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Marko Mäkelä’s software projects

I prefer to use free software. Not only to save money but because I and others will be able to adapt the programs to better suit my needs. I have written some free software as well, mainly in the C programming language.

Coding Style

In my own C or C++ projects in the early 2000s, I used to follow the Ellemtel rules and recommendations (also available in PDF) with a few exceptions.

Nowadays it would seem best to follow the Google C++ Style Guide and the C++ Core Guidelines and rely on diagnostics from static analysis tools and compilers. Clang emits useful warnings and introduced useful compile-time instrumentation, such as ASAN, MSAN, UBSAN and TSAN. These combined with a regression test suite and code coverage analysis allow efficient use of version control tools, such as git bisect.

In professional software development, one often has to adapt to predetermined programming style or tools. While it would be nice to always use the standards and tools, the choice could be limited by the selected target platforms. Luckily during the 2000s, the diversity of relevant C and C++ compilers and operating systems has been shrinking, and the remaining compiler families (mostly GCC, Clang, Microsoft) are closely following the development of the standards. As of 2016, it really is feasible to use ISO/IEC 14882:2011, also known as C++11. This is a clear improvement from 2003 when support for the then-5-year-old C++98 was still somewhat lacking. The future of C++14 and the upcoming C++17 looks promising.

Formal Methods

As a doctoral student I wrote a reachability analyser and model checker for high-level Petri nets in C++ and C. It can help locate errors in parallel and distributed systems. The software is included in the Debian GNU/Linux distribution.

I like combinatorial problems, but I tend to solve them by brute force. I enumerated the solutions of the 6×10 Pentomino puzzle. I also designed some bedspread patterns with the help of some C programs.

Image Manipulation

I developed the program in order to transform my wedding pictures into an easily browseable format. For a file system containing JPEG images, the program creates thumbnail images of desired size and generates a hyperlink document structure in HTML format. The software package also includes jpegcom for editing image comments, exifiron for rotating and compressing images taken with a digital camera, and jpegnail for removing or embedding thumbnail-sized preview images within JPEG images.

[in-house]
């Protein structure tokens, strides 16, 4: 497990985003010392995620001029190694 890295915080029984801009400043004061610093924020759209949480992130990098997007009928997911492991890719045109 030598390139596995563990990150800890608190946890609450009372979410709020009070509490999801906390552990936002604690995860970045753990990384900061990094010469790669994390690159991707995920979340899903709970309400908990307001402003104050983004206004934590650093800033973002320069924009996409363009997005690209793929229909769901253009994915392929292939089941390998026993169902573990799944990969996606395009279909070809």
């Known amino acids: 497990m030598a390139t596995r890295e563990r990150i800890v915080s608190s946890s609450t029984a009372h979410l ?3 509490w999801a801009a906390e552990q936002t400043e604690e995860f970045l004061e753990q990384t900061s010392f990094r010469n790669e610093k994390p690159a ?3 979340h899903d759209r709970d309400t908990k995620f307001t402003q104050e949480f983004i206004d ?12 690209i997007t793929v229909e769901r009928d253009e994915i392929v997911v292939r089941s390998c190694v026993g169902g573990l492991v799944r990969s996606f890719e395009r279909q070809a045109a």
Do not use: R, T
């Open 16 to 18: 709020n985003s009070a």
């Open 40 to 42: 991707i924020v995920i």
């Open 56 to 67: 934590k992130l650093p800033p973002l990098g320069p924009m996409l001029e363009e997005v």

This is a Linux-based boot floppy disk, built to run a piece of software I wrote. The software captures images from a Firewire camera, corrects lens distortion, compresses to JPEG and transmits the images over a pipe, typically over an OpenSSH to a web server.

Experiments with the Java Programming Language

The Java programming language was hyped in 1995. Once compiled and tested, a piece of software would work in every environment. That turned out not to be the case: especially the program interfaces of graphical user interfaces have changed in almost every version of the Java run-time system. Furthermore, the run-time system has grown very big, and no comprehensive free implementation is available. For these reasons, I try to avoid the Java programming language, even though I have made some experiments with it.

Threedimensional Fractals
The applets I wrote for JDK 1.0 and 1.1 displays the Mandelbrot and Julia sets in three dimensions.
Scoring program for a beauty contest
The program has been used for computing the results of the Helsinki Hair Open contest for several years. The interface for inputting points resembles a spreadsheet program, so it is fast to use. The user interface is multilingual. The documentation is missing, and some small things could be improved in the program.

Embedded Systems

This program for various Unix-like systems and Windows reads and writes the flash and EEPROM memory of Atmel AVR® microcontrollers over the parallel or serial port via SPI. I wrote this program, because I wanted that the end users of my C2N232 adapter can easily update the firmware. Existing solutions supported only either Unix-like systems or Windows and did not support the kind of RS-232 programming interface that was needed.
Patches for VDR
I have set up a DVB-T recorder and player based on Debian GNU/Linux, VDR and the plugins vdr-softdevice and vdr-subtitles. The most important modifications I have made are available here.

See also my miscellanous utilities, circuits and software for old computers.